A widespread effort to stop the spread of an invasive species in BC has resulted in the seizure or surrender of nearly 3,000 suspected or confirmed zebra mussel infested moss balls.
Invasive zebra mussels have been found in aquarium and water-garden moss balls sold in pet stores and garden centres across BC and Canada.
Often called “Marimo moss balls,” nearly 3,000 of these ornamental moss balls suspected or confirmed to be contaminated with zebra mussels have been seized or surrendered to conservation officers.
To date, there has been no reported introduction of live zebra mussels into BC lakes or waterways.
Zebra mussels are a highly invasive species that pose a serious threat to Canada’s aquatic ecosystems, fish populations, hydropower stations, and other infrastructure since they multiply rapidly and are extremely difficult to eradicate once they become established in an area.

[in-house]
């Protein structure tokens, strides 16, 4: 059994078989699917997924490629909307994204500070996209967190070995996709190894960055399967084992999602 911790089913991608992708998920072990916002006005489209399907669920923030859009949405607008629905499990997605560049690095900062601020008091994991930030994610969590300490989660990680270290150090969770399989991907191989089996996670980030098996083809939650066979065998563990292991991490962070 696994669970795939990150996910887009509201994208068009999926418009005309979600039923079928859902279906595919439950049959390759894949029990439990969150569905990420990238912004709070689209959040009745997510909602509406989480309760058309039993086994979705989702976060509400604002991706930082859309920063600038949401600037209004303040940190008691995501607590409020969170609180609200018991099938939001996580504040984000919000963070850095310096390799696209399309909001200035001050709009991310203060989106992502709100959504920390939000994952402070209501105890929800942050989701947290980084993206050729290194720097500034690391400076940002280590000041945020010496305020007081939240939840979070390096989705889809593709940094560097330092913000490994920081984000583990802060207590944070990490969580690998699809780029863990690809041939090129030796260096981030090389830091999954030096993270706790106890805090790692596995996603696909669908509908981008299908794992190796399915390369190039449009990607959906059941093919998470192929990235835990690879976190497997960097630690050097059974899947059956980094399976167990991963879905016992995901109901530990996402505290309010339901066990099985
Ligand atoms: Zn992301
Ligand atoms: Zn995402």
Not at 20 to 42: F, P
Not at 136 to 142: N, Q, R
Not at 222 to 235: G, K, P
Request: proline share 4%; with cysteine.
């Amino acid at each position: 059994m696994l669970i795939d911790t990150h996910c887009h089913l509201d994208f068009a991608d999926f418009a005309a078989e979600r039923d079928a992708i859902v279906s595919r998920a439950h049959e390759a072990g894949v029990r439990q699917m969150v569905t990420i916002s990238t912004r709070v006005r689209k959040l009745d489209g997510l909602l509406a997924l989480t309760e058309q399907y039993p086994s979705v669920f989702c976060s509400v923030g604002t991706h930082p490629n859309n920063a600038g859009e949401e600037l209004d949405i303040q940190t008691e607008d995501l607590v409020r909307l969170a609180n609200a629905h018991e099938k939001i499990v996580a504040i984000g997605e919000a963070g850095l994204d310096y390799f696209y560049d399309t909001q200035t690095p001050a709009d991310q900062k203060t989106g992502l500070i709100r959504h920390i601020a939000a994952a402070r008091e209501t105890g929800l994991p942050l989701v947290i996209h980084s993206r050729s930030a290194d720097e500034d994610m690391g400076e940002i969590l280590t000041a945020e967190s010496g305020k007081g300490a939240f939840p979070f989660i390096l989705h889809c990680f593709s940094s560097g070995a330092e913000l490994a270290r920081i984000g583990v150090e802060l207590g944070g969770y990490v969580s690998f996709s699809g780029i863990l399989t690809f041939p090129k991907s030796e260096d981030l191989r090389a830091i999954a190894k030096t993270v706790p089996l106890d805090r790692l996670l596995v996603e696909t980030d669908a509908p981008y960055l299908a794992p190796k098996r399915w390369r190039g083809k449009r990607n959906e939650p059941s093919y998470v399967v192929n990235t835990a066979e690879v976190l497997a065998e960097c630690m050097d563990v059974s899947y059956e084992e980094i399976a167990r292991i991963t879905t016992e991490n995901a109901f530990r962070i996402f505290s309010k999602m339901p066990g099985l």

Suspected or lab-confirmed contaminated moss balls have been found in Terrace, Invermere, Kamloops, the Lower Mainland and on Vancouver Island. Most of the moss balls seized were found on the Lower Mainland.
Several people have reported finding what they believed were zebra mussels in their home aquariums.
Investigations have linked some potentially contaminated moss balls to international shipments.
Many retailers and distributors are cooperating by voluntarily pulling the moss balls from their shelves. The continued cooperation from the industry is commended.
The BC Conservation Officer Service continues to work with the ministry’s science experts and Fisheries and Oceans Canada, as well as other federal, provincial and territorial partners to address the situation.